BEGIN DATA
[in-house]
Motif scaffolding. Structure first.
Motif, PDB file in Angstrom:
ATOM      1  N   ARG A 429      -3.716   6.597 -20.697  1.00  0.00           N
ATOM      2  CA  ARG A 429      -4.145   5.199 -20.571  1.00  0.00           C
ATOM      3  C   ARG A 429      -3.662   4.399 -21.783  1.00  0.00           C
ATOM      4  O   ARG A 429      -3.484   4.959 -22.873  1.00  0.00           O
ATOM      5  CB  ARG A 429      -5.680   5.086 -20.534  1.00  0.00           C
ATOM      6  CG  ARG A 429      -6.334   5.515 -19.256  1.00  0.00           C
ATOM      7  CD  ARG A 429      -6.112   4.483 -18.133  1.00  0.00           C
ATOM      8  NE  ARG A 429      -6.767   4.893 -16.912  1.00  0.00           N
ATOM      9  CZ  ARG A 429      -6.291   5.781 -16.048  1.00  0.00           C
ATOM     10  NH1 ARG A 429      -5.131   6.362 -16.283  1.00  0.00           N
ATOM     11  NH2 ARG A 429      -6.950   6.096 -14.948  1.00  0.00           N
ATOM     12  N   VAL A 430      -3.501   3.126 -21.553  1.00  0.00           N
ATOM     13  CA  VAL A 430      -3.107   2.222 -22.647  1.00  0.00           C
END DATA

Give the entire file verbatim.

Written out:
[in-house]
Motif scaffolding. Structure first.
Motif, PDB file in Angstrom:
ATOM      1  N   ARG A 429      -3.716   6.597 -20.697  1.00  0.00           N
ATOM      2  CA  ARG A 429      -4.145   5.199 -20.571  1.00  0.00           C
ATOM      3  C   ARG A 429      -3.662   4.399 -21.783  1.00  0.00           C
ATOM      4  O   ARG A 429      -3.484   4.959 -22.873  1.00  0.00           O
ATOM      5  CB  ARG A 429      -5.680   5.086 -20.534  1.00  0.00           C
ATOM      6  CG  ARG A 429      -6.334   5.515 -19.256  1.00  0.00           C
ATOM      7  CD  ARG A 429      -6.112   4.483 -18.133  1.00  0.00           C
ATOM      8  NE  ARG A 429      -6.767   4.893 -16.912  1.00  0.00           N
ATOM      9  CZ  ARG A 429      -6.291   5.781 -16.048  1.00  0.00           C
ATOM     10  NH1 ARG A 429      -5.131   6.362 -16.283  1.00  0.00           N
ATOM     11  NH2 ARG A 429      -6.950   6.096 -14.948  1.00  0.00           N
ATOM     12  N   VAL A 430      -3.501   3.126 -21.553  1.00  0.00           N
ATOM     13  CA  VAL A 430      -3.107   2.222 -22.647  1.00  0.00           C